It's about time to try a new DIY project using a glorious old Italian technique: terrazzo-ing. Is that an official word yet? I think what makes terrazzo so appealing – aside from making great use of remnant materials – is its convertibility and variety. You can customize it numerous ways, from color choices to the scale of the pieces, to the materials you use, which is a dream for creative types. Before I begin, I might add that while this particular clock turned out great, it was not without trial – and errors. So learn from my mistakes, and let's get ticking.
What You'll Need
10-12 sturdy cardboard box, or silicon mold*
Plaster of Paris
Stirring stick or spoon
Mosaic glass, sea glass or similar
Gold movement/clock kit - this one is white, but I painted it gold
Acrylic paint color(s) of your choice
Gold leafing paint (optional)
2 wood blocks
Painters tape (optional)
1/4-inch masonry drill bit
Bandana or dust mask
*I used a sturdy gift box as my mold, which worked fine aside from creating an extra step to strip some of the paper coating off of my clock face before sanding. When in doubt, silicon molds tend to work best for plaster projects, so feel free to try out a silicon cake mold instead.
**Power sanders are great, but they're pricey, so if you don't already have one, you can just as easily use a sanding block and a little elbow grease.
Step 1. Arrange your assorted glass pieces in the bottom of the mold. Make sure the side you want to show is face-down against the mold, and leave space around the center where your clock kit will be added. And keep in mind that the pieces may move slightly when the plaster is added, so it doesn't need to be perfect.
Step 2. Mix your plaster according to the instructions provided, aiming for a pancake-like batter. Once it's smooth, you can add small amounts of acrylic paint to tint your plaster before pouring it into your mold.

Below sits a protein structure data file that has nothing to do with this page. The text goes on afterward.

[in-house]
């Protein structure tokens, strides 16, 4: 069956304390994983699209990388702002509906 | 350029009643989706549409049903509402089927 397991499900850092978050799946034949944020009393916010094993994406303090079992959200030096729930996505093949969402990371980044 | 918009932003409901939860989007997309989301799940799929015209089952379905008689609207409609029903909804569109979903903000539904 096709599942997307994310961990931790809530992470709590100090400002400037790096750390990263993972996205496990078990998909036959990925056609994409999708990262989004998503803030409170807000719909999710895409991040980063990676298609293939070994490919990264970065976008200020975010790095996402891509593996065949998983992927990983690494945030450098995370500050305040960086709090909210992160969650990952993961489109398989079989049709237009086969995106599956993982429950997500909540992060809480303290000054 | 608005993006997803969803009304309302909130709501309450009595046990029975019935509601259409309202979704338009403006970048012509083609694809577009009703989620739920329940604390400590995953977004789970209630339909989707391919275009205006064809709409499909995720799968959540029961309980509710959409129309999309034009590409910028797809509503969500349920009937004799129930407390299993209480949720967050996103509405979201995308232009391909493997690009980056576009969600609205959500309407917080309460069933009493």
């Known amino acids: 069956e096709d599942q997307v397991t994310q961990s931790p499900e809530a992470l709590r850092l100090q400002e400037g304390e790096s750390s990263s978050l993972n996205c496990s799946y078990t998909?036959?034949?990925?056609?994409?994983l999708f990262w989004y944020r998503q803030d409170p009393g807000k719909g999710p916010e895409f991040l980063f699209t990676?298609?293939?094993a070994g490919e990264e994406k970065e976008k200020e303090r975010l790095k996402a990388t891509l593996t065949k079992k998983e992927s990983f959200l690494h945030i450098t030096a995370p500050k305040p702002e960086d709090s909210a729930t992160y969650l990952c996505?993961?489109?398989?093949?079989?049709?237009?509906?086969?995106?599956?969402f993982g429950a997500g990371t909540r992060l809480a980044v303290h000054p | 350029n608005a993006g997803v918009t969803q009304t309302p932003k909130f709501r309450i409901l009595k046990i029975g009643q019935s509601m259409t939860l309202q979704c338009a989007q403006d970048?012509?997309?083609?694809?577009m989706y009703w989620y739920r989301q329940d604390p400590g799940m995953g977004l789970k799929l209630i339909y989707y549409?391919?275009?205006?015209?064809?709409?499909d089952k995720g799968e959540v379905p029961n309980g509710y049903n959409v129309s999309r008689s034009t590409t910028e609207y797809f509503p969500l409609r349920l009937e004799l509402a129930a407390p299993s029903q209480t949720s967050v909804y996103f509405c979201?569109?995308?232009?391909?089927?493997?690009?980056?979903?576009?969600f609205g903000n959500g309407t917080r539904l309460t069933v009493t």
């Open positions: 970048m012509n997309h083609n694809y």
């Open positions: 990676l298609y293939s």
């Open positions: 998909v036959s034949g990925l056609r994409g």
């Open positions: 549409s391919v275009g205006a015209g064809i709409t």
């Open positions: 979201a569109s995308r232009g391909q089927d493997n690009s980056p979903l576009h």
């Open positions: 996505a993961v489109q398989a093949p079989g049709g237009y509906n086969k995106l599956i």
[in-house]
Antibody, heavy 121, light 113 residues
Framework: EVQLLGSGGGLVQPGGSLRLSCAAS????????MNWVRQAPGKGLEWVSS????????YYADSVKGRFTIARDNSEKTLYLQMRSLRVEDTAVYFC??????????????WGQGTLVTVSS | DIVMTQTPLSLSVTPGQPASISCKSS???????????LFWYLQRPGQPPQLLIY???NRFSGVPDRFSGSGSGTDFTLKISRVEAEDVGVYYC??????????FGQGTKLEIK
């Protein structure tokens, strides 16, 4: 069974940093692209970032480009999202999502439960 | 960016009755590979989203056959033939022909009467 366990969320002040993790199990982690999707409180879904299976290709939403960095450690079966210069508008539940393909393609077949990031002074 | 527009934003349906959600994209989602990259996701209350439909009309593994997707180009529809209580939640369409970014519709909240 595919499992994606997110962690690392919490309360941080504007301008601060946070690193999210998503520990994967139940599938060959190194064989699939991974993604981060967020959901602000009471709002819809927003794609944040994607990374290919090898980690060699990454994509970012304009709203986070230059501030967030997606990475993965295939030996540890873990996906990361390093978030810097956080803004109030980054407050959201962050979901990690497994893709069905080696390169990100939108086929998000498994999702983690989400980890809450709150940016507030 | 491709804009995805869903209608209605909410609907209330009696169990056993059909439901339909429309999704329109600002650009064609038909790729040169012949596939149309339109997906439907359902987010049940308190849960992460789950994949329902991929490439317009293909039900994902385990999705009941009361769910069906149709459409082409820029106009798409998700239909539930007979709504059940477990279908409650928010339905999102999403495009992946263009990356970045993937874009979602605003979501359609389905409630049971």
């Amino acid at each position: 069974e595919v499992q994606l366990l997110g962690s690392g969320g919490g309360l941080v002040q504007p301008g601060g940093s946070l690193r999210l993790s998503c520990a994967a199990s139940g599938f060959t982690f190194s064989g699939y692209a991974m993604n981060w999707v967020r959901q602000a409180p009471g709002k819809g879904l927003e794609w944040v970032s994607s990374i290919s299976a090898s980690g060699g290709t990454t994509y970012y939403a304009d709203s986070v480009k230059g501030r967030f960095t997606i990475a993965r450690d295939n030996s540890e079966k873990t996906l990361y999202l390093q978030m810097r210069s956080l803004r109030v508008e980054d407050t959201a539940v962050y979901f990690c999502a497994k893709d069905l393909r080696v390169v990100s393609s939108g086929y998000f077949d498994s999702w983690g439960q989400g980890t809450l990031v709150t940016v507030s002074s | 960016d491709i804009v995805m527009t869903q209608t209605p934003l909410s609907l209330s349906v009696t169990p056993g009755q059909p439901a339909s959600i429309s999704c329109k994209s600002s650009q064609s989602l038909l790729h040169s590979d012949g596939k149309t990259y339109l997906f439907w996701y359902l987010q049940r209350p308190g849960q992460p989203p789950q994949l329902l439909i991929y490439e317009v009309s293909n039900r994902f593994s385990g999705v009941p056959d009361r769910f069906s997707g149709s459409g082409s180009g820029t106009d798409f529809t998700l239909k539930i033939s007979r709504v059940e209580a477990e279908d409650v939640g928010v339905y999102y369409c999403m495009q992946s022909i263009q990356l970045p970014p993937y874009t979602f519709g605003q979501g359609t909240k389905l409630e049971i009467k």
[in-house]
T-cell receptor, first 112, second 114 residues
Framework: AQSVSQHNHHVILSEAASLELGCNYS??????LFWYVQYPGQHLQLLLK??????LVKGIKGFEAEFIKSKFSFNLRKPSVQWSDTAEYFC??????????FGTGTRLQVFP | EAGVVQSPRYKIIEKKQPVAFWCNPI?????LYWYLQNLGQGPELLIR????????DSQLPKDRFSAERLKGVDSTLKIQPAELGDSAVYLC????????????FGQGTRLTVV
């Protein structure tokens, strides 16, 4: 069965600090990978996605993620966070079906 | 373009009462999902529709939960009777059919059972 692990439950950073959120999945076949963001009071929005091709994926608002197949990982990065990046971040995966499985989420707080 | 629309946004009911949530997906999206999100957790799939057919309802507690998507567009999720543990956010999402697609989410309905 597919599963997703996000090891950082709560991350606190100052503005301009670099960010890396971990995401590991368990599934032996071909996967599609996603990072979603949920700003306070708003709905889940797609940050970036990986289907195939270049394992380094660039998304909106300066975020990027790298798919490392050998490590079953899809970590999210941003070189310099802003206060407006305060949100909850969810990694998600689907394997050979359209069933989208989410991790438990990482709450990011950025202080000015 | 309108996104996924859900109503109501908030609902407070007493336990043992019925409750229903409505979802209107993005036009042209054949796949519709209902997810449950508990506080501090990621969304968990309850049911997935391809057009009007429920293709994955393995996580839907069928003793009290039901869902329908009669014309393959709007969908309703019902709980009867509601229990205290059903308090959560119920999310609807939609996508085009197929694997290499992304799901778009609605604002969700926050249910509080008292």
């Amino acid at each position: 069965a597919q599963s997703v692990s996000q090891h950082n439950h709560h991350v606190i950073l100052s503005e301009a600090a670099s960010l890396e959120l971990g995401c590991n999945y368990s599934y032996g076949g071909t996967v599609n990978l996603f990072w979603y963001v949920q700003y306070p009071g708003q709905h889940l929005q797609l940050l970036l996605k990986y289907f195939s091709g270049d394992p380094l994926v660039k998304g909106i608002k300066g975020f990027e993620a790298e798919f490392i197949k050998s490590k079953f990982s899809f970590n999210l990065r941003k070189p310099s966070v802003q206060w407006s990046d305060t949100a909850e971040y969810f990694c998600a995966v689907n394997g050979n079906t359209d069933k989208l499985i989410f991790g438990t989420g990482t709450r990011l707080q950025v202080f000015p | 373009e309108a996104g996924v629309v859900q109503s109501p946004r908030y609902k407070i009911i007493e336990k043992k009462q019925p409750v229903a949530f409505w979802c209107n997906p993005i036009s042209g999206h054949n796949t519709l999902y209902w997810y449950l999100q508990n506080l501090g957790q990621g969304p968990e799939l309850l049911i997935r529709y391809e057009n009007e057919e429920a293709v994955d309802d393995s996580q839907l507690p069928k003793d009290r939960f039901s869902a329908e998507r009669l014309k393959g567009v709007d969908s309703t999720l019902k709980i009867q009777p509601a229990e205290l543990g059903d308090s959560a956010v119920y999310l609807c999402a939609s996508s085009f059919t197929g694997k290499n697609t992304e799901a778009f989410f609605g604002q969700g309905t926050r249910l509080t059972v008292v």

Step 3. Slowly pour the plaster into your mold, trying to minimize moving the glass pieces; if you pour too quickly they will shift as the plaster settles in. The plaster should only be about 1/3-1/2 an inch thick so that the clock kit screw can fit through the clock face. Carefully tap the mold on a flat surface to help remove air bubbles and to fully fill in the areas between the glass pieces. Set aside on a level surface until the plaster goes from warm to cold to the touch (about an hour).
Step 4. When the plaster feels cold to the touch, slowly peel back the mold. If you're using a cardboard box, there may be remnants left on the clock face due to trapped moisture (lesson learned). Remove larger pieces by hand, the rest can be removed by the sander.
Step 5. Using a bandana or dust mask (protective eyewear is recommended as well), gently sand the sides, front and back of the clock face. The goal is to remove any uneven edges, level the face, and to make sure all of the glass is exposed. You can wipe with a cloth to remove any additional dust.
Step 6. (Optional) Tape off the sides of your clock, leaving only the edges exposed. Paint each edge using the gold leafing paint to add a more final touch to the clock face.
Step 7. Find the center of your clock face using a ruler or straight edge. Set your clock face up on the blocks to elevate so the drill can pass through, and slowly drill a clean hole through the center in preparation for the clock kit.
Step 8. Before applying the clock kit, determine which side you would like to mark 12 o'clock. Flip the clock over to the back. Using the same drill bit, drill a hole only halfway through the back of the clock. You will be able to use this indention to hang your clock off of a simple screw or nail. Note: It's important to remember that the clock battery pack will sit 1/4-1/2 an inch off the back of your clock, so plan to use a longer screw or nail when hanging to make sure the clock hangs flat, with the battery pack flush against the wall.
Step 9. Following the clock kit instructions, screw in your battery pack and attach the hands. If the screw feels too snug, drill the hole slightly larger until it sits comfortably, but not too loosely, in the hole. You can secure the battery pack to the back of the clock with super glue if movement is an issue. You can also trim the hands with scissors if they extend past your clock face.
Step 10. Pop in a AA battery, place on a screw or nail, set the time. It's most satisfying to watch the second-hand tick away after all your hard work.